Written agreement required. Whether or not the bona fide services are subject to the cap, the rule requires prescribers and manufacturers or their agents to enter into a written arrangement for the services, with compensation set at fair market value. The written agreement must specify the services to be provided, the dollar value that the prescriber will receive, and that the meetings held in connection with the services will occur in venues and under circumstances conducive to the services provided. The agreement must also identify:

  • The legitimate need for services
  • The connection between the prescriber’s knowledge and expertise and the purpose of the arrangement
  • How participation of the prescriber is reasonably related to achieving the identified purpose
  • The manner by which the prescriber will maintain records concerning the arrangement and the services provided
  • An attestation that the prescriber’s decision to render the services is not unduly influenced by a pharmaceutical manufacturer’s agent.

Prohibited gifts and payments. The rule prohibits prescribers from accepting the following items from manufacturers or their agents:

  • Entertainment and recreational items (e.g., tickets to theater or sporting events, or leisure or vacation trips)
  • Any item of value that does not advance disease or treatment education (e.g., pens, notepads, mugs or other items with a company logo)
  • Items intended for the personal benefit of the prescriber or staff (e.g., floral arrangements, sporting equipment, artwork, cash or gifts cards)
  • Meals costing more than $15
  • Payment or direct subsidy for attending any educational event or a promotional activity (including the costs of travel, lodging or other personal expenses), unless the prescriber is a speaker or providing consulting or other services related to the event.

Permitted gifts and payments. Gifts and payments permitted under the rule (in addition to the bona fide services payments discussed above) are:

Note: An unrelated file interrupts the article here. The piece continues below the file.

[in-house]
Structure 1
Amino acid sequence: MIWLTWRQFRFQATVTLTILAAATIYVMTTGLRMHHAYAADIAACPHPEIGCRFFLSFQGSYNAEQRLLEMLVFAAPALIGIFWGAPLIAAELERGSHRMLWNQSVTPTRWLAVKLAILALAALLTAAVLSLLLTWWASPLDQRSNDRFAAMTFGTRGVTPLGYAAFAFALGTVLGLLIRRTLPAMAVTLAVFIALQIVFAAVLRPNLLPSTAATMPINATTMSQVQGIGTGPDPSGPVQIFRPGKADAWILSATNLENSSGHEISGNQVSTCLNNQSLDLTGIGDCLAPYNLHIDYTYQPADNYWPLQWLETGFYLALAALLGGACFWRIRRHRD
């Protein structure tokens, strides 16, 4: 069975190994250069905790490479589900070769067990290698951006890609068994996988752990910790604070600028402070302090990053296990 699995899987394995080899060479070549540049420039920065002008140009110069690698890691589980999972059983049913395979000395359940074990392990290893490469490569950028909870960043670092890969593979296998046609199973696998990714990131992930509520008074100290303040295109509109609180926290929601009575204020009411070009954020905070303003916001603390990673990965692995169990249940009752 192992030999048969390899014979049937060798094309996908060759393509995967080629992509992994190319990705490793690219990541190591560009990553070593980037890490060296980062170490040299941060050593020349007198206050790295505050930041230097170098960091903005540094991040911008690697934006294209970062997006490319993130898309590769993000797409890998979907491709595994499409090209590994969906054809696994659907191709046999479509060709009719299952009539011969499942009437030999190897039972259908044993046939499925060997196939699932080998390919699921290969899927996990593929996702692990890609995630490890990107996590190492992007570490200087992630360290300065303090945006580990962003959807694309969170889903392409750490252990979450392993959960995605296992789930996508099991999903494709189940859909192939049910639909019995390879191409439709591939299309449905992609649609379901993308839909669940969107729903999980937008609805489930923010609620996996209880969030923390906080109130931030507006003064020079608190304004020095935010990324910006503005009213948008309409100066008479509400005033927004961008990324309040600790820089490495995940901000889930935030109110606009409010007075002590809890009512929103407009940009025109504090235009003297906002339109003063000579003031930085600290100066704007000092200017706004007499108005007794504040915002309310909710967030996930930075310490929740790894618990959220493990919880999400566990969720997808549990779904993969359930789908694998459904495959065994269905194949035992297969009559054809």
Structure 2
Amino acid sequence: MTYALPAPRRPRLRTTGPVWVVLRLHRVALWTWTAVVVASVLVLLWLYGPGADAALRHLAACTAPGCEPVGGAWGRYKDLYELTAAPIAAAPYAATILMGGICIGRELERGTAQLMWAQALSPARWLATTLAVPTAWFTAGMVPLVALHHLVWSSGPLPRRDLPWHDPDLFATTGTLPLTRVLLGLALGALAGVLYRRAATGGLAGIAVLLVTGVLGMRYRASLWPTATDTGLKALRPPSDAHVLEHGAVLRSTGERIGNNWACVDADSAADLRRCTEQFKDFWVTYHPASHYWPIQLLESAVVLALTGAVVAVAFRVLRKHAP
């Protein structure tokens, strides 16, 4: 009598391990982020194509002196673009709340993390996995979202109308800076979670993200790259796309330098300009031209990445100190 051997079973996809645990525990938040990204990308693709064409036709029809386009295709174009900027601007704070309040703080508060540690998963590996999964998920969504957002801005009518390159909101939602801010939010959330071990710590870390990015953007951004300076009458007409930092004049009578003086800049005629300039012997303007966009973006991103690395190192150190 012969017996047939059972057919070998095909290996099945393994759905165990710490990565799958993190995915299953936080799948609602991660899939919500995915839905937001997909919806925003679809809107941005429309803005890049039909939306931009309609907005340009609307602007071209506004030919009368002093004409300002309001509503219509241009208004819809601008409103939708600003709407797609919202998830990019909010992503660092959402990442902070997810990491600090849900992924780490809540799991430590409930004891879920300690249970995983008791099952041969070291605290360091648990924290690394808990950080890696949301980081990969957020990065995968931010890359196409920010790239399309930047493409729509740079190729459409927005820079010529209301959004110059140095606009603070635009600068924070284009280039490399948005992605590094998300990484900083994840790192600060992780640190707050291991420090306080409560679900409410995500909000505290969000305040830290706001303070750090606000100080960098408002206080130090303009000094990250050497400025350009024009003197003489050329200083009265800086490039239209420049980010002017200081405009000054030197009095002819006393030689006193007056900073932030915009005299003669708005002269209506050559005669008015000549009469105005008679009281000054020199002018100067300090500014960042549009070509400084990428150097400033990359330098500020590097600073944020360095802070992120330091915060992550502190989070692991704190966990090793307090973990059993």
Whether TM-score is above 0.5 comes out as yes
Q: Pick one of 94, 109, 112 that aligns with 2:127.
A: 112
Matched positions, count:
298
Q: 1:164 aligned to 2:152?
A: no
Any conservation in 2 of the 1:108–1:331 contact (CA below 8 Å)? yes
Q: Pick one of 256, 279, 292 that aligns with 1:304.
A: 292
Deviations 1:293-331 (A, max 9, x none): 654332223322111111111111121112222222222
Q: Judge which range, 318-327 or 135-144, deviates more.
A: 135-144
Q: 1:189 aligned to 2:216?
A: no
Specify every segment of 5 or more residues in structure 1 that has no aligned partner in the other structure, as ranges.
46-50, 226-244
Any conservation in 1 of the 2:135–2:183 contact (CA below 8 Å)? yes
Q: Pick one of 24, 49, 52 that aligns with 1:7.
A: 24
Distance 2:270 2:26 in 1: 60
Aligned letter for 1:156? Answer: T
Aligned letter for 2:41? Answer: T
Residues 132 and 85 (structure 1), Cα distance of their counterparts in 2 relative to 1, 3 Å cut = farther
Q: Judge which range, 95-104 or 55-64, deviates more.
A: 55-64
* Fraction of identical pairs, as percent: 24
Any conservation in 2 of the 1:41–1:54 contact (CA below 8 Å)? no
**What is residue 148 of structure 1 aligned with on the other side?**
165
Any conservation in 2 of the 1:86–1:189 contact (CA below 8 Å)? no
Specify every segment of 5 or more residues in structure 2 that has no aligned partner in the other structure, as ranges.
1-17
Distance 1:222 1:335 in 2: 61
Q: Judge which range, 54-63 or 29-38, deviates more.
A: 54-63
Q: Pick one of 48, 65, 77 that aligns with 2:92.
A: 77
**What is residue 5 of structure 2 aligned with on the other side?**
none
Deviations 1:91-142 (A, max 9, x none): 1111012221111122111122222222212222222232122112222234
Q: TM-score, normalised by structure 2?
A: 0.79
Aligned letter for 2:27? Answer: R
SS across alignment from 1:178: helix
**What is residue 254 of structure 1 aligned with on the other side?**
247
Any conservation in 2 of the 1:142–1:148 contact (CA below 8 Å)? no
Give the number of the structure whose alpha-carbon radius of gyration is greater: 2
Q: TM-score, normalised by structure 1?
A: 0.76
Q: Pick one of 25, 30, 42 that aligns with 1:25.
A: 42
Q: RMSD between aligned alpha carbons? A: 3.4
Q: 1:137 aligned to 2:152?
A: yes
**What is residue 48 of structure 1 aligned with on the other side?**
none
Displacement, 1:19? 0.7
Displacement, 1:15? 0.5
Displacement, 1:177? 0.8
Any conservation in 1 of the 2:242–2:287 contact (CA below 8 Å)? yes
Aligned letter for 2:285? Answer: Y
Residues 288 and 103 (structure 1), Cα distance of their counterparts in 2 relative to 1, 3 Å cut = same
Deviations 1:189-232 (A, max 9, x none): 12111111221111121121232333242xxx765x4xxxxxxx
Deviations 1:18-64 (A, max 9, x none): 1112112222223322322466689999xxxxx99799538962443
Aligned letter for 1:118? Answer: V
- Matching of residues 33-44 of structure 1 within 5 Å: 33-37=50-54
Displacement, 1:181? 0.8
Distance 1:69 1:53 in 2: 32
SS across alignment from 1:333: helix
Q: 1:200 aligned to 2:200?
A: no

• Items designed primarily for educating patients or prescribers, as long as the items have minimal or no value to the prescriber outside of his or her professional responsibilities (e.g., anatomical models for use in examination rooms or other information and materials directly related to patient care or prescriber education)
  • Subsidized registration fees for a pharmaceutical manufacturer’s educational event, if available to all participants
  • Sample medications that are intended to be used solely for the benefit of the prescriber’s patients, provided that the prescriber does not charge patients for the samples
  • Reasonable payment or reimbursement for travel, lodging and other personal expenses in connection with research activities or employment recruitment.

Although the new rule applies directly only to prescribers, it will impact how pharmaceutical manufacturers structure their engagements with New Jersey prescribers. Pharmaceutical manufacturers that engage New Jersey prescribers (directly or through agents) as speakers, consultants or members of advisory boards may need to revise their standard form contracts to ensure compliance with the rule. Additionally, manufacturers should review how they categorize events as educational or promotional in light of how they are defined under the rule.